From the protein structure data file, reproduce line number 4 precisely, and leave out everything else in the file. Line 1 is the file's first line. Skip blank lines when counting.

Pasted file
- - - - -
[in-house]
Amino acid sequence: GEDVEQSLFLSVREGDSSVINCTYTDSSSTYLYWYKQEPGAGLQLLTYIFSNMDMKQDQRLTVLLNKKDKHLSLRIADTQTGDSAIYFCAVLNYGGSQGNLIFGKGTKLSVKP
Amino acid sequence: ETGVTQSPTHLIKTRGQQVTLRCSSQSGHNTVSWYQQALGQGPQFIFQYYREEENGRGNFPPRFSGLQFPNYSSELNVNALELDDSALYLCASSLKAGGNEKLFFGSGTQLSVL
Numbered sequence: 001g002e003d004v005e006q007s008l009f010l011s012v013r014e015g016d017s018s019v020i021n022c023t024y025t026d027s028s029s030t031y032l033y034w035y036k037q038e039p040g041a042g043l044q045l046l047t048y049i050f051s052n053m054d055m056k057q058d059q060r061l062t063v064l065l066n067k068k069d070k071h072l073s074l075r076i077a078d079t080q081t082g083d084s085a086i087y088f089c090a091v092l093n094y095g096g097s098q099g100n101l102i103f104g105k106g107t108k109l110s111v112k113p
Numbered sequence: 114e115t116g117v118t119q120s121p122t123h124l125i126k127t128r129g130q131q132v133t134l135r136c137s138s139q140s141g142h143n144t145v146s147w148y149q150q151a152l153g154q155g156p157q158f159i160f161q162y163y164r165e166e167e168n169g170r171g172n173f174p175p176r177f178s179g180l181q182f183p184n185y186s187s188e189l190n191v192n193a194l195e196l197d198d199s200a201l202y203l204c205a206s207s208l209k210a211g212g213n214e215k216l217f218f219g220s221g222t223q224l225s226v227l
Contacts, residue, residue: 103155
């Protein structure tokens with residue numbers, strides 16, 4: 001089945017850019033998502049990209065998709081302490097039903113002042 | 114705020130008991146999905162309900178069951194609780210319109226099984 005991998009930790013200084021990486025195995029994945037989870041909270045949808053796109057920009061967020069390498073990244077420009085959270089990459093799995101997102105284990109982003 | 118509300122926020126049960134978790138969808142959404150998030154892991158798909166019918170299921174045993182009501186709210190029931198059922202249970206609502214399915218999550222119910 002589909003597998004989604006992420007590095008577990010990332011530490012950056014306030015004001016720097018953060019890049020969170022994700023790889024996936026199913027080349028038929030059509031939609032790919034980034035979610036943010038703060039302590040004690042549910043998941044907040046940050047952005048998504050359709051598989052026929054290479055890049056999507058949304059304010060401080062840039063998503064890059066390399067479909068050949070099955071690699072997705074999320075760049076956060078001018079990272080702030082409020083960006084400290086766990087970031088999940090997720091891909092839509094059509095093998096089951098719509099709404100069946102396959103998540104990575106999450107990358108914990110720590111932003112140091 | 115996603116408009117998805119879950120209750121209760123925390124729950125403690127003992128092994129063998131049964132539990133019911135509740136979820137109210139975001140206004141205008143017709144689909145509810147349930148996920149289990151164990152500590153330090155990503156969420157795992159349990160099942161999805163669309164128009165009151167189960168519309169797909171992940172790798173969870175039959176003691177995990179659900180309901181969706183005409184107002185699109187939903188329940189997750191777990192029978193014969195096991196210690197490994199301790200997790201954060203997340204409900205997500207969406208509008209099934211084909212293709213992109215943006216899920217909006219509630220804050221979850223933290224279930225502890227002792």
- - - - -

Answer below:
Numbered sequence: 001g002e003d004v005e006q007s008l009f010l011s012v013r014e015g016d017s018s019v020i021n022c023t024y025t026d027s028s029s030t031y032l033y034w035y036k037q038e039p040g041a042g043l044q045l046l047t048y049i050f051s052n053m054d055m056k057q058d059q060r061l062t063v064l065l066n067k068k069d070k071h072l073s074l075r076i077a078d079t080q081t082g083d084s085a086i087y088f089c090a091v092l093n094y095g096g097s098q099g100n101l102i103f104g105k106g107t108k109l110s111v112k113p